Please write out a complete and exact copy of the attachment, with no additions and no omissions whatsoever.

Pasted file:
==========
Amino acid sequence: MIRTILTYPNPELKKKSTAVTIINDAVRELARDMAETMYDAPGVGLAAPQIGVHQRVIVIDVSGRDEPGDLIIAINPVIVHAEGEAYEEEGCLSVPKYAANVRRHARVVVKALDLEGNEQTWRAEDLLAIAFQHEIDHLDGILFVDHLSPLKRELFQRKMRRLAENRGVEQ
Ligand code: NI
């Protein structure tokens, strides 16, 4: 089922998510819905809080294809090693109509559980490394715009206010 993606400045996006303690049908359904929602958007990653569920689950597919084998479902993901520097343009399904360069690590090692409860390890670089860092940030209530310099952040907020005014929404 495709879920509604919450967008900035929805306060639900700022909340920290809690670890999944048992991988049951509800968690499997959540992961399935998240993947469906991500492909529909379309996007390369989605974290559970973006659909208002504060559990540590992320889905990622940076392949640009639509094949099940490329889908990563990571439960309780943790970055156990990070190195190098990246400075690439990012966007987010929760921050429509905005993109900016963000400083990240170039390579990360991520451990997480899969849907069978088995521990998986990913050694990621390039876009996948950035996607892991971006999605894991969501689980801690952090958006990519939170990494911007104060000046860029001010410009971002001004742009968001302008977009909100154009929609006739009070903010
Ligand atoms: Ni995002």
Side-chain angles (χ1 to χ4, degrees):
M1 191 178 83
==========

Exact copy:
Amino acid sequence: MIRTILTYPNPELKKKSTAVTIINDAVRELARDMAETMYDAPGVGLAAPQIGVHQRVIVIDVSGRDEPGDLIIAINPVIVHAEGEAYEEEGCLSVPKYAANVRRHARVVVKALDLEGNEQTWRAEDLLAIAFQHEIDHLDGILFVDHLSPLKRELFQRKMRRLAENRGVEQ
Ligand code: NI
């Protein structure tokens, strides 16, 4: 089922998510819905809080294809090693109509559980490394715009206010 993606400045996006303690049908359904929602958007990653569920689950597919084998479902993901520097343009399904360069690590090692409860390890670089860092940030209530310099952040907020005014929404 495709879920509604919450967008900035929805306060639900700022909340920290809690670890999944048992991988049951509800968690499997959540992961399935998240993947469906991500492909529909379309996007390369989605974290559970973006659909208002504060559990540590992320889905990622940076392949640009639509094949099940490329889908990563990571439960309780943790970055156990990070190195190098990246400075690439990012966007987010929760921050429509905005993109900016963000400083990240170039390579990360991520451990997480899969849907069978088995521990998986990913050694990621390039876009996948950035996607892991971006999605894991969501689980801690952090958006990519939170990494911007104060000046860029001010410009971002001004742009968001302008977009909100154009929609006739009070903010
Ligand atoms: Ni995002």
Side-chain angles (χ1 to χ4, degrees):
M1 191 178 83